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Trump v. Bannon: Trial of the Century or Just Trash Talk?

Legal experts doubt president would brave legal scrutiny to follow through on lawsuit threat

Steve Bannon arrives for Alabama Senate candidate Roy Moore’s “Drain the Swamp” campaign rally in Midland City, Ala., in December. (Bill Clark/CQ Roll Call file photo)
Steve Bannon arrives for Alabama Senate candidate Roy Moore’s “Drain the Swamp” campaign rally in Midland City, Ala., in December. (Bill Clark/CQ Roll Call file photo)

It would be the political trial of the century: President Donald Trump versus former White House chief strategist Steve Bannon.

But don’t expect the president’s legal threats against his former right-hand man to escalate beyond the cease-and-desist letter from his lawyers, legal experts say.

Following through on a civil suit to stop Bannon’s disparaging comments this week about Trump and his family would simply be too much of a liability for the president and his top advisers, who are already under scrutiny by the Justice Department and congressional committees investigating alleged Russian meddling in the 2016 campaign. A legal dispute would also present an unneeded distraction from the business of running the country.

“It would make no sense for Trump to be bringing these lawsuits, because he is not going to get anything out of it,” said Bradley Moss, a partner at the law office of Mark S. Zaid in Washington, D.C.

Trump has a long-established habit of threatening legal action against anyone who challenges his political and business ambitions — or simply his ego. An analysis by USA Today during the campaign found that Trump had been involved in 3,500 legal actions in federal and state courts over the past three decades.

During his campaign and first year as president, though, Trump has yet to follow through on threats he made against parties including The New York Times, The Washington Post and more than a dozen women who have accused him of sexual misconduct. One of his lawyers argued last month that he is immune from a defamation suit brought by one those women, Summer Zervos, in the New York State Supreme Court.

It is not clear what kind of legal action Trump would take against Bannon, but the letter his lawyers sent Wednesday said the former adviser had given rise to “numerous legal claims, including defamation by libel and slander, and breach of his written confidentiality and non-disparagement agreement” when he cooperated with journalist Michael Wolff on an upcoming book.

“Legal action is imminent,” the letter stated.

Bannon was quoted in excerpts released Wednesday calling “treasonous” a 2016 meeting inside Trump Tower between Donald Trump Jr., Jared Kushner, Paul Manafort and a Russian lawyer they believed to have dirt on Hillary Clinton. Trump fired back with a statement attempting to underplay Bannon’s role in the campaign and the White House, saying his former adviser had “lost his mind.”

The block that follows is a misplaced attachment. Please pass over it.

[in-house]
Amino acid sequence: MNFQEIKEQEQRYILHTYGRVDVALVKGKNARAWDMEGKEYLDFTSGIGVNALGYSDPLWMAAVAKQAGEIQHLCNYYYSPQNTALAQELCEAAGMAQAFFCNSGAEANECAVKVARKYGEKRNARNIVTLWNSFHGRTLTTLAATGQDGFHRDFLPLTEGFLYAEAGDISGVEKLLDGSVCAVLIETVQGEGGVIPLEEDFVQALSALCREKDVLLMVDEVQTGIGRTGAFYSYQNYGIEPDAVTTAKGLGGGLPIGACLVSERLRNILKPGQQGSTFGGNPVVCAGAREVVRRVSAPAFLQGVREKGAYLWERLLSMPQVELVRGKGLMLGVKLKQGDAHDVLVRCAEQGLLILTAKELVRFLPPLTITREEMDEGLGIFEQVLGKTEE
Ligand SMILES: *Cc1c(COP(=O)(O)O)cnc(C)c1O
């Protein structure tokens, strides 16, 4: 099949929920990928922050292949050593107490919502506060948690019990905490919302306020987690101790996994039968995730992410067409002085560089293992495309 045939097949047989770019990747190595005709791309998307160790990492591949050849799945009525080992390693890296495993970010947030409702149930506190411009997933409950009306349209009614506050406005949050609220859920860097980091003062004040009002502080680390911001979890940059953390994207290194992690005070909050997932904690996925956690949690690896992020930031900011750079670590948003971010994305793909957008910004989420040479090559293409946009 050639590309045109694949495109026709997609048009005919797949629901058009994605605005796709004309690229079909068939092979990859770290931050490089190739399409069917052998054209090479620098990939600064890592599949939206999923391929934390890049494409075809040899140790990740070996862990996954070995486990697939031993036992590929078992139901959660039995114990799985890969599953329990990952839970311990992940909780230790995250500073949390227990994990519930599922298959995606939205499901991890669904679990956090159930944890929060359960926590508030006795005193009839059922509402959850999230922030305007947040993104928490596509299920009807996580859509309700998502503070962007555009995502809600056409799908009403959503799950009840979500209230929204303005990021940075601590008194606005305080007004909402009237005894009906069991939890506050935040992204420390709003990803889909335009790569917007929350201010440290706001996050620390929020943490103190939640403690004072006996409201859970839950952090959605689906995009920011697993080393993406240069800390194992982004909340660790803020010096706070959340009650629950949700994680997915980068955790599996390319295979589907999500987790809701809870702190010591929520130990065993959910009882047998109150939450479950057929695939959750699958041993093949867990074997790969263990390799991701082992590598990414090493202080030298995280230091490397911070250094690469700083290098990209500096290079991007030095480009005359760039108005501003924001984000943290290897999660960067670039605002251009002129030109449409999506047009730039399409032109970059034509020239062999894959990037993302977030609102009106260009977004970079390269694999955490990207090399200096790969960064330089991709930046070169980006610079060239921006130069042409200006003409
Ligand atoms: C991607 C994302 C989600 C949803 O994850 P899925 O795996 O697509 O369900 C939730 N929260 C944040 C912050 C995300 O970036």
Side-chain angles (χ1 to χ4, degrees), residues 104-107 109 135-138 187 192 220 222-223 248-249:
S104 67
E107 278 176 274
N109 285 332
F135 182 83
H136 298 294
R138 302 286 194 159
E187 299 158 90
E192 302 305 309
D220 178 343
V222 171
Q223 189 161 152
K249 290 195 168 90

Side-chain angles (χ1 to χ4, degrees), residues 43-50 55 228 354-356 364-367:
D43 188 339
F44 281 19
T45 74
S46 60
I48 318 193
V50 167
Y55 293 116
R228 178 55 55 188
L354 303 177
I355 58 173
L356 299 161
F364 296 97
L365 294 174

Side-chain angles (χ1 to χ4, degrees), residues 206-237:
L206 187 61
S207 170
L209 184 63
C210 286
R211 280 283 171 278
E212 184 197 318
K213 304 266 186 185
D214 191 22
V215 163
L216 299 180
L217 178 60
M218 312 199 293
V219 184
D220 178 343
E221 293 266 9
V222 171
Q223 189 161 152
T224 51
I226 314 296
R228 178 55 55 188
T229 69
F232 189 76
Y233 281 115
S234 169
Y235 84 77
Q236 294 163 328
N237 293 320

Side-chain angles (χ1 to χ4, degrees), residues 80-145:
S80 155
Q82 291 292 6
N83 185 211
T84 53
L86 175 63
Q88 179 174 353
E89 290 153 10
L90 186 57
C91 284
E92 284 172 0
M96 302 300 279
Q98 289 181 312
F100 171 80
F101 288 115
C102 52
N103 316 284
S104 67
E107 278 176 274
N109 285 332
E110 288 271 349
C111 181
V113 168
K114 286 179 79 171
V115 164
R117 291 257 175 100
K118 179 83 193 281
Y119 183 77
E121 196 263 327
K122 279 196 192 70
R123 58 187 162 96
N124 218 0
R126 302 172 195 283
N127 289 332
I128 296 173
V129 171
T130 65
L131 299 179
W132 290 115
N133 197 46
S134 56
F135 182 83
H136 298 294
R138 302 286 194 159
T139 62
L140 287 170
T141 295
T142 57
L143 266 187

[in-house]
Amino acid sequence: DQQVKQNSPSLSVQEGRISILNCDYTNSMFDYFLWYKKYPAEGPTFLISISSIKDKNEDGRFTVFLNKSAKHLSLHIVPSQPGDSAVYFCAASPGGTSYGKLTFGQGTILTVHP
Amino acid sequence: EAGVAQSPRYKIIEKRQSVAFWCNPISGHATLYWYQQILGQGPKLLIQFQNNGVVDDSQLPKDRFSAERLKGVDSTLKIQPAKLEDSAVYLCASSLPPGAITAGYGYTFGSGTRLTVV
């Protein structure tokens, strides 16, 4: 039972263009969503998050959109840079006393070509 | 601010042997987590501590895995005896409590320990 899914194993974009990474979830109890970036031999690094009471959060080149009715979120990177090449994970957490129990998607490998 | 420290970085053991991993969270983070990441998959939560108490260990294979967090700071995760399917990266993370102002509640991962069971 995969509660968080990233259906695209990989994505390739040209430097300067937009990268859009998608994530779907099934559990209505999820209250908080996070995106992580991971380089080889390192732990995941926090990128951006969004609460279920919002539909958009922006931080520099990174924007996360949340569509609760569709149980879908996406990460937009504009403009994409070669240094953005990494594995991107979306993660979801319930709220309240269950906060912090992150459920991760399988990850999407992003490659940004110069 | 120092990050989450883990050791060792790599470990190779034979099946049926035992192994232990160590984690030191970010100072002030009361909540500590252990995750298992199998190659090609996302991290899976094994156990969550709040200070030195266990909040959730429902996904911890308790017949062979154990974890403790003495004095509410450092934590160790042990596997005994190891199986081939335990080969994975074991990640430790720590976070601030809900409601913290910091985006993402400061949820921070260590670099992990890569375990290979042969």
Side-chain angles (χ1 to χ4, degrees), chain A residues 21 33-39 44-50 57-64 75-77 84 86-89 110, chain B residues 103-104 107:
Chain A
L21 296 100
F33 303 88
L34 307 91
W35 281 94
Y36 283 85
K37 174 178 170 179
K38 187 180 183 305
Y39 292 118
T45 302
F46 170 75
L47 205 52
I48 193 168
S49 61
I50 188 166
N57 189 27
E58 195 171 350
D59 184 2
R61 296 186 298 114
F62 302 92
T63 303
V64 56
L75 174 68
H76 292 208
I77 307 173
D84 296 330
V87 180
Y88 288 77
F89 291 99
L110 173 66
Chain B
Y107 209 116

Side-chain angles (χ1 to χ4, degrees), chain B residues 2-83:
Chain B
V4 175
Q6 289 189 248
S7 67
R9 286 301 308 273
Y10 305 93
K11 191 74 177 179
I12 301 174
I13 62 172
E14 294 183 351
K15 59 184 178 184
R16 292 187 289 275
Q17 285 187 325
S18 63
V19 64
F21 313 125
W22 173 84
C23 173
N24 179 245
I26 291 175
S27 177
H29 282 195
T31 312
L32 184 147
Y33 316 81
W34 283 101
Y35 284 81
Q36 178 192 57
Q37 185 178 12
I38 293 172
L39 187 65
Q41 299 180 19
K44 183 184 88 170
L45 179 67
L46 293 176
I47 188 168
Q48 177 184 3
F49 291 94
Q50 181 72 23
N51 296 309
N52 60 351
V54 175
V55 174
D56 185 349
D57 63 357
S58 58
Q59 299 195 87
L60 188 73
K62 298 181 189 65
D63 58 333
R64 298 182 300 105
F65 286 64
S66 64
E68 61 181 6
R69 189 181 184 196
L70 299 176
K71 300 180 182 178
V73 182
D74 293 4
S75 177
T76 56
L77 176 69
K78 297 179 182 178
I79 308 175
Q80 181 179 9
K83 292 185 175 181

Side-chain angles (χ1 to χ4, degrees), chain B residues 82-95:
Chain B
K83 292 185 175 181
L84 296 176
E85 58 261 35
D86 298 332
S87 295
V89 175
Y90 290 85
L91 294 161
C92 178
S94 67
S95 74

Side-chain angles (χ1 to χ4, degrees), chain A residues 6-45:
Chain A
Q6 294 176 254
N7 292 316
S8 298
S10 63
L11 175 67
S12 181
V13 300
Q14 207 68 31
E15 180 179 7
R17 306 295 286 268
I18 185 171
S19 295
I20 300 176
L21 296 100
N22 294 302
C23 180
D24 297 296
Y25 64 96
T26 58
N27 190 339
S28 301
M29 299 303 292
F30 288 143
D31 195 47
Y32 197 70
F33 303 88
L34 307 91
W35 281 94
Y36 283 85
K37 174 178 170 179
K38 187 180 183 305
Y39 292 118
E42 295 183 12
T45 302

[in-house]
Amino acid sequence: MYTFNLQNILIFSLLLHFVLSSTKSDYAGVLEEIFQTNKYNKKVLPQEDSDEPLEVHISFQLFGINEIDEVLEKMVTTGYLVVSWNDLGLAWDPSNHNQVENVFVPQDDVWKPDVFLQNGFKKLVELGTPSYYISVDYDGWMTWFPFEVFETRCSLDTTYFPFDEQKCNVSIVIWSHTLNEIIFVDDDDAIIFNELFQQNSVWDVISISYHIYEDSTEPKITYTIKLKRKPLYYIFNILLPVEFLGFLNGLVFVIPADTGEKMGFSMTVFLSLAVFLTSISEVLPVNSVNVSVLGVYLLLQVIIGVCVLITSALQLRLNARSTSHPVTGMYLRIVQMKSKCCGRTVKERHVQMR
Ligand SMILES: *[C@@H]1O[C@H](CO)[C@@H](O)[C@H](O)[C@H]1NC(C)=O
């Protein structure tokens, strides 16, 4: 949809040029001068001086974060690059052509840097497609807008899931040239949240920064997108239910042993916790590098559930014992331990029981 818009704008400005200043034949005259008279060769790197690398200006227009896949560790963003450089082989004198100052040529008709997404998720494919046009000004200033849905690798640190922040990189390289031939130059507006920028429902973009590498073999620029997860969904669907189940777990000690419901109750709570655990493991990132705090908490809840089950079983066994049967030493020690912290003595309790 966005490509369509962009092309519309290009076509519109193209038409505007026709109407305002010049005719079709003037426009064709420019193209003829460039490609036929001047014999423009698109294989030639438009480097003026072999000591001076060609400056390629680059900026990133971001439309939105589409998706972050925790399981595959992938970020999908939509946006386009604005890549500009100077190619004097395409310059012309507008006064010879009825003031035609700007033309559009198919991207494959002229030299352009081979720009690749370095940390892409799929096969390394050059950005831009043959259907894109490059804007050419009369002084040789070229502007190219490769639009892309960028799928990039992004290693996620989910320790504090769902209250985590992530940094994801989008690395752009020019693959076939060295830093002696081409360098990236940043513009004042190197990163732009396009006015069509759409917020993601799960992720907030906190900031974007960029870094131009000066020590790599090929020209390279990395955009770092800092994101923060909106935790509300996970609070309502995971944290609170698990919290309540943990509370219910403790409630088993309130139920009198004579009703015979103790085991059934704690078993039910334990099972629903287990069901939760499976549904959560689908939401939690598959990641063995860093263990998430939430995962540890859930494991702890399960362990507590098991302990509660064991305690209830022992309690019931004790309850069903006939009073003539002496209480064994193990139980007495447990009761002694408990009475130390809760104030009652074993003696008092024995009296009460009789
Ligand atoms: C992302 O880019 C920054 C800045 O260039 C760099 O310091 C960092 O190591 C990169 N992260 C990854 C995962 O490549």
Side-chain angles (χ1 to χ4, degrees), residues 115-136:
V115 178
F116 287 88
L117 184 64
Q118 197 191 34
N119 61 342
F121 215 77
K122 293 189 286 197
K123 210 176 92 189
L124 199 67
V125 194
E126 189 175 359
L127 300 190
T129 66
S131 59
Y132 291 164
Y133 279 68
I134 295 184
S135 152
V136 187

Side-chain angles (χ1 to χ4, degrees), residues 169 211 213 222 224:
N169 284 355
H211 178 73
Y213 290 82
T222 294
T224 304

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Pulling back the curtain?

Initiating a civil suit, though, would open Trump and his White House advisers to the discovery process, which would require them to submit documents and answer questions under oath. Much of that material would likely become public, and could be used in one of the Russia investigations.

“There would be discovery of all these crazy and insane allegations coming out in the book,” said Moss, who specializes in national security and federal employment law. “They would depose the president and any number of his close advisers about the details, and get on the record and under oath, the extent to which it is true and really occurred.”

Other legal experts made similar points on social media.

Here’s Benjamin Wittes, a senior fellow in governance studies at the liberal-leaning Brookings Institution, on Twitter:

And Paul Dickinson, a partner at the North Carolina-based Lewis & Roberts wrote:

The forced disclosure of potentially embarrassing information would not be unprecedented.

After his 2016 victory, Trump took time out from his White House transition for a videotaped deposition in one the  lawsuits he had brought against celebrity chefs José Andrés and Geoffrey Zakarian, involving restaurants in Trump’s D.C. hotel.

During that interview, Trump stated that his political career had been good for his businesses. He has been frequently criticized for his potential conflicts of interest.

“I think people like politics. And they like to be around the name and maybe me,” Trump said in the deposition. “I think people really dig it.”

Another defamation lawsuit led to one of the only public disclosures of Trump’s tax returns, which he has declined to release. Trump was forced to show those document to journalist Tim O’Brien after he sued O’Brien in 2006 for reporting that Trump had overstated his net worth. O’Brien was not allowed to report specifically on the documents. But the access gave authority to O’Brien’s later assessment that Trump had made misleading statements about his personal finances.

“The career he boasts so much about is built on sand,” O’Brien wrote in a Bloomberg column in 2016.

Legal experts had a similar assessment of Trump’s recent legal threats.

“This is a public relations stunt,” Moss said. “Nothing more, nothing less.”

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